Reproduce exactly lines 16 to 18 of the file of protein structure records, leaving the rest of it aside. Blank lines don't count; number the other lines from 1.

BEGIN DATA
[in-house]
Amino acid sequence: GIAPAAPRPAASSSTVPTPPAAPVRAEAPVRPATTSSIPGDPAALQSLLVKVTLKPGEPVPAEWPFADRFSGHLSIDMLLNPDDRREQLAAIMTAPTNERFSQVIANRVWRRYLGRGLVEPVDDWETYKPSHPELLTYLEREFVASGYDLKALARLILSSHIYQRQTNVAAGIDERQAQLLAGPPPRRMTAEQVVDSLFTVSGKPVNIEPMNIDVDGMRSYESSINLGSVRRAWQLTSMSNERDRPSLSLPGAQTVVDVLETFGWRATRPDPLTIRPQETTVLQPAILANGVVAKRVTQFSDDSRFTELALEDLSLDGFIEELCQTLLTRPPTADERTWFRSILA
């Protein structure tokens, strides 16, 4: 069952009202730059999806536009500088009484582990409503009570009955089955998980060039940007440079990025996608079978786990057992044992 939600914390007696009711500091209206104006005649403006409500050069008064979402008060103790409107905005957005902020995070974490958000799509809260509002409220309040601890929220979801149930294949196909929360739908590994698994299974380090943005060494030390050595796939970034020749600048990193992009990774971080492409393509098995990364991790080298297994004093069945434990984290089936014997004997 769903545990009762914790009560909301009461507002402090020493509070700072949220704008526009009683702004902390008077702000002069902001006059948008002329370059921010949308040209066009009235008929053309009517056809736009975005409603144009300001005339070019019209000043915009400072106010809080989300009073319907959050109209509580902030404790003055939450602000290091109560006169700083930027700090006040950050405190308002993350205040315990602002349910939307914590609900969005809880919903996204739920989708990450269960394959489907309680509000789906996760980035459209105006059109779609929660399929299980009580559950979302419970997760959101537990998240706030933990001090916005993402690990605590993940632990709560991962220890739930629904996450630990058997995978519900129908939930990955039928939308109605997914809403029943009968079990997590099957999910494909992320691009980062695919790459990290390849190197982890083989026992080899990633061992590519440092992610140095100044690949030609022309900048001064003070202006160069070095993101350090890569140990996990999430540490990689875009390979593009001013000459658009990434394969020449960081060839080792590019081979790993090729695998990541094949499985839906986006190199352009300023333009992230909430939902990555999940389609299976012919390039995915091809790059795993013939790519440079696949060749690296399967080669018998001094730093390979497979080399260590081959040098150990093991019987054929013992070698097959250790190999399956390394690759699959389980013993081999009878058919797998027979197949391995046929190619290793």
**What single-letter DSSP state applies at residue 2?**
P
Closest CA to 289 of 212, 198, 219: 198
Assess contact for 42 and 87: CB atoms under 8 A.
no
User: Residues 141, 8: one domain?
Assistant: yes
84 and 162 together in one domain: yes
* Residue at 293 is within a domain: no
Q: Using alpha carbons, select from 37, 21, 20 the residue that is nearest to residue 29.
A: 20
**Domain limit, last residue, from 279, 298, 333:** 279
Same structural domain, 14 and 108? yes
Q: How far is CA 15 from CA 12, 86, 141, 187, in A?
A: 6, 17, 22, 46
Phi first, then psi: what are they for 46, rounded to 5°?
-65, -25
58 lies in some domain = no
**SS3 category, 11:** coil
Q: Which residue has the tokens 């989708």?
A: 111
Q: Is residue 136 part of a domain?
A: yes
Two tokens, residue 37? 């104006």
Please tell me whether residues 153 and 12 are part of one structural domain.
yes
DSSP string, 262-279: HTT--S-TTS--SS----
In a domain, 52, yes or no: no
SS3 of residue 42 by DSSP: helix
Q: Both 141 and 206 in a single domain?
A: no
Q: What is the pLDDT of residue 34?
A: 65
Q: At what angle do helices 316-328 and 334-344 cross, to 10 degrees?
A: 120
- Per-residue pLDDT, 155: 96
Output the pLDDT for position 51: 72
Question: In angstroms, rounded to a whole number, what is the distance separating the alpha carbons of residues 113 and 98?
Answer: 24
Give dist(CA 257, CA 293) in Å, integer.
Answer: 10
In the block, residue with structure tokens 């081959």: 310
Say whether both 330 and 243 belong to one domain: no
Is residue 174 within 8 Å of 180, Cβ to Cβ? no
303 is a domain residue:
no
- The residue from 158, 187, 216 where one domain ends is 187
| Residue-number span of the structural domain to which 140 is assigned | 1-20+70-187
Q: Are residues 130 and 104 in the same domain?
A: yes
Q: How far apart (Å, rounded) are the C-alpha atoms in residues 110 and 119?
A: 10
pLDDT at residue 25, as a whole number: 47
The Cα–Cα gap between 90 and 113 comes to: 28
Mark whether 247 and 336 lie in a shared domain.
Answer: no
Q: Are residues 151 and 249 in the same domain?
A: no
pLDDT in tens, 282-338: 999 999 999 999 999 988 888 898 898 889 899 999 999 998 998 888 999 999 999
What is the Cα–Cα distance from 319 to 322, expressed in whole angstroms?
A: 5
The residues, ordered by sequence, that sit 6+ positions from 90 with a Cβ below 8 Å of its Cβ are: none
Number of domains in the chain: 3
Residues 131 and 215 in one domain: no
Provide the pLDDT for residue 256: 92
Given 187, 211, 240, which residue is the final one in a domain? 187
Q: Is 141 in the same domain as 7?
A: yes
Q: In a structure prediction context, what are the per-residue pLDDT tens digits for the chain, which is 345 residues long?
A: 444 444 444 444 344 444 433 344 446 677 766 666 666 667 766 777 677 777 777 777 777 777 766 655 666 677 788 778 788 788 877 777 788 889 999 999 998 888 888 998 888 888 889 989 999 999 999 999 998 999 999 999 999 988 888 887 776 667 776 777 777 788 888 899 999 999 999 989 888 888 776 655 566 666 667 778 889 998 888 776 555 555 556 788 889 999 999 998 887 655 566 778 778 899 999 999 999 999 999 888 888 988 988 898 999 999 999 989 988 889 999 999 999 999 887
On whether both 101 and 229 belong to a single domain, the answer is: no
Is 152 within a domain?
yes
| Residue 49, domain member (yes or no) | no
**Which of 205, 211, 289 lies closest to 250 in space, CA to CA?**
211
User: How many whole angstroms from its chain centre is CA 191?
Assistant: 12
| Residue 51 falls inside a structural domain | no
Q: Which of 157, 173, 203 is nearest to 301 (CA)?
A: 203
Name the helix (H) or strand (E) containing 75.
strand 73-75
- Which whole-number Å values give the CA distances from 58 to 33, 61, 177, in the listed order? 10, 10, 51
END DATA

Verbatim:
Same structural domain, 14 and 108? yes
Q: How far is CA 15 from CA 12, 86, 141, 187, in A?
A: 6, 17, 22, 46